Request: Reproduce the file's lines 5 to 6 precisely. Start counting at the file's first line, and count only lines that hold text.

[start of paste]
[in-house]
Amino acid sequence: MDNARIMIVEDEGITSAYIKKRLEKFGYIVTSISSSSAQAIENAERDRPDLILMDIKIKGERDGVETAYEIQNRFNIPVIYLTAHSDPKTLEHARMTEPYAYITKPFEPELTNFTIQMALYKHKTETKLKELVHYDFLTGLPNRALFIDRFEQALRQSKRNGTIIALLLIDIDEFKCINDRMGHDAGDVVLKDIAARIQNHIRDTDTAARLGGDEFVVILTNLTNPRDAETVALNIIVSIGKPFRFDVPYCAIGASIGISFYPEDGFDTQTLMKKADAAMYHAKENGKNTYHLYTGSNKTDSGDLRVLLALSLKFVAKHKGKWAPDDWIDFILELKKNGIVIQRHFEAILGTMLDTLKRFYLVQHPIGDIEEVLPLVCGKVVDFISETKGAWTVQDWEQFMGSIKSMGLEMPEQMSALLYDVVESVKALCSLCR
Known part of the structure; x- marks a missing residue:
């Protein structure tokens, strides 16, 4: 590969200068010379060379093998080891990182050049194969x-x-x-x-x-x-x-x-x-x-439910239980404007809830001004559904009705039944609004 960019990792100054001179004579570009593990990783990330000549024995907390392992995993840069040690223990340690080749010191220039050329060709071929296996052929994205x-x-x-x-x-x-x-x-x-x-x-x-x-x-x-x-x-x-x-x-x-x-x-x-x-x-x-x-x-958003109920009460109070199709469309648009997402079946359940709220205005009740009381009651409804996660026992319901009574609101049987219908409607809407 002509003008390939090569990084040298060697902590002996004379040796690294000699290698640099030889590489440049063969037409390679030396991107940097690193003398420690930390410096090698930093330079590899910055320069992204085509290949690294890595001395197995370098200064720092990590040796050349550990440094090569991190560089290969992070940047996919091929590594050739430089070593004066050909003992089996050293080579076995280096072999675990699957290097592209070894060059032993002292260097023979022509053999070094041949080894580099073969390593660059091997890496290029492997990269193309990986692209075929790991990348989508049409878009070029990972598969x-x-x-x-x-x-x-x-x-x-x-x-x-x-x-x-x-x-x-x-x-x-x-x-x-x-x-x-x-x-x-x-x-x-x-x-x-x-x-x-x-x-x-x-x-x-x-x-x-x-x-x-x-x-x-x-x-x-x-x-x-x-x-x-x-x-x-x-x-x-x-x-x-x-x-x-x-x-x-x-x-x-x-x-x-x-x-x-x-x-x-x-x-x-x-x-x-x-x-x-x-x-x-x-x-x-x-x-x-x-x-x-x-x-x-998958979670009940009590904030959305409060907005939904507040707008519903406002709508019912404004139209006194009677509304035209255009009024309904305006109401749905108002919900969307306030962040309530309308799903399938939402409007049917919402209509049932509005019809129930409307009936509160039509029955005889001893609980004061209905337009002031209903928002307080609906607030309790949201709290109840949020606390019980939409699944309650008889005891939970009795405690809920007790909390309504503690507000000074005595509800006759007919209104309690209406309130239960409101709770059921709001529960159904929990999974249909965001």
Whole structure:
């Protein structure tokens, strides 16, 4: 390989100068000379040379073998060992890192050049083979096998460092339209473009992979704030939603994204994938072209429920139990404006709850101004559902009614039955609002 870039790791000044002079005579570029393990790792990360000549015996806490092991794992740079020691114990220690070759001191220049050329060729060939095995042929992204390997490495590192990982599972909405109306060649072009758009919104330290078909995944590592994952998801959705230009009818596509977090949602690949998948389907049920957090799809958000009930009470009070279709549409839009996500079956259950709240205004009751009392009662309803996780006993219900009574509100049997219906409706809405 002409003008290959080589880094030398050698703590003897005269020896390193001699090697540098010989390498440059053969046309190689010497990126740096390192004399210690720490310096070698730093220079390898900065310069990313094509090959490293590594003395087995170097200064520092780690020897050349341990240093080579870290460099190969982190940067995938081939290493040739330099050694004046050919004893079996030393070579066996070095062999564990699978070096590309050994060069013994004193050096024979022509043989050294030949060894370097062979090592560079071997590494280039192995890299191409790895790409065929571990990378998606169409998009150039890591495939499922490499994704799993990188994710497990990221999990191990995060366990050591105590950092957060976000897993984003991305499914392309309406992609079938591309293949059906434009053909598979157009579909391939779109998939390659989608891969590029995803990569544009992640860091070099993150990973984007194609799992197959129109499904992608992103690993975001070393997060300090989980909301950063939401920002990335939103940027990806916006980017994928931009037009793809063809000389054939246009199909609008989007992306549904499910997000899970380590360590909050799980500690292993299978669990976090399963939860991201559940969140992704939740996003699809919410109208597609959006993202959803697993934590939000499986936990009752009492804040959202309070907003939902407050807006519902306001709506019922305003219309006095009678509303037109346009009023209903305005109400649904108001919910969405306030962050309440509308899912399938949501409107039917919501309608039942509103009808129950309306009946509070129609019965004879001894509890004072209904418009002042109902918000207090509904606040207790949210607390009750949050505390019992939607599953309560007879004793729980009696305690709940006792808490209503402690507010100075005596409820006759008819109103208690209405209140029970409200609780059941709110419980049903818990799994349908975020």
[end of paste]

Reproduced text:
Whole structure:
């Protein structure tokens, strides 16, 4: 390989100068000379040379073998060992890192050049083979096998460092339209473009992979704030939603994204994938072209429920139990404006709850101004559902009614039955609002 870039790791000044002079005579570029393990790792990360000549015996806490092991794992740079020691114990220690070759001191220049050329060729060939095995042929992204390997490495590192990982599972909405109306060649072009758009919104330290078909995944590592994952998801959705230009009818596509977090949602690949998948389907049920957090799809958000009930009470009070279709549409839009996500079956259950709240205004009751009392009662309803996780006993219900009574509100049997219906409706809405 002409003008290959080589880094030398050698703590003897005269020896390193001699090697540098010989390498440059053969046309190689010497990126740096390192004399210690720490310096070698730093220079390898900065310069990313094509090959490293590594003395087995170097200064520092780690020897050349341990240093080579870290460099190969982190940067995938081939290493040739330099050694004046050919004893079996030393070579066996070095062999564990699978070096590309050994060069013994004193050096024979022509043989050294030949060894370097062979090592560079071997590494280039192995890299191409790895790409065929571990990378998606169409998009150039890591495939499922490499994704799993990188994710497990990221999990191990995060366990050591105590950092957060976000897993984003991305499914392309309406992609079938591309293949059906434009053909598979157009579909391939779109998939390659989608891969590029995803990569544009992640860091070099993150990973984007194609799992197959129109499904992608992103690993975001070393997060300090989980909301950063939401920002990335939103940027990806916006980017994928931009037009793809063809000389054939246009199909609008989007992306549904499910997000899970380590360590909050799980500690292993299978669990976090399963939860991201559940969140992704939740996003699809919410109208597609959006993202959803697993934590939000499986936990009752009492804040959202309070907003939902407050807006519902306001709506019922305003219309006095009678509303037109346009009023209903305005109400649904108001919910969405306030962050309440509308899912399938949501409107039917919501309608039942509103009808129950309306009946509070129609019965004879001894509890004072209904418009002042109902918000207090509904606040207790949210607390009750949050505390019992939607599953309560007879004793729980009696305690709940006792808490209503402690507010100075005596409820006759008819109103208690209405209140029970409200609780059941709110419980049903818990799994349908975020």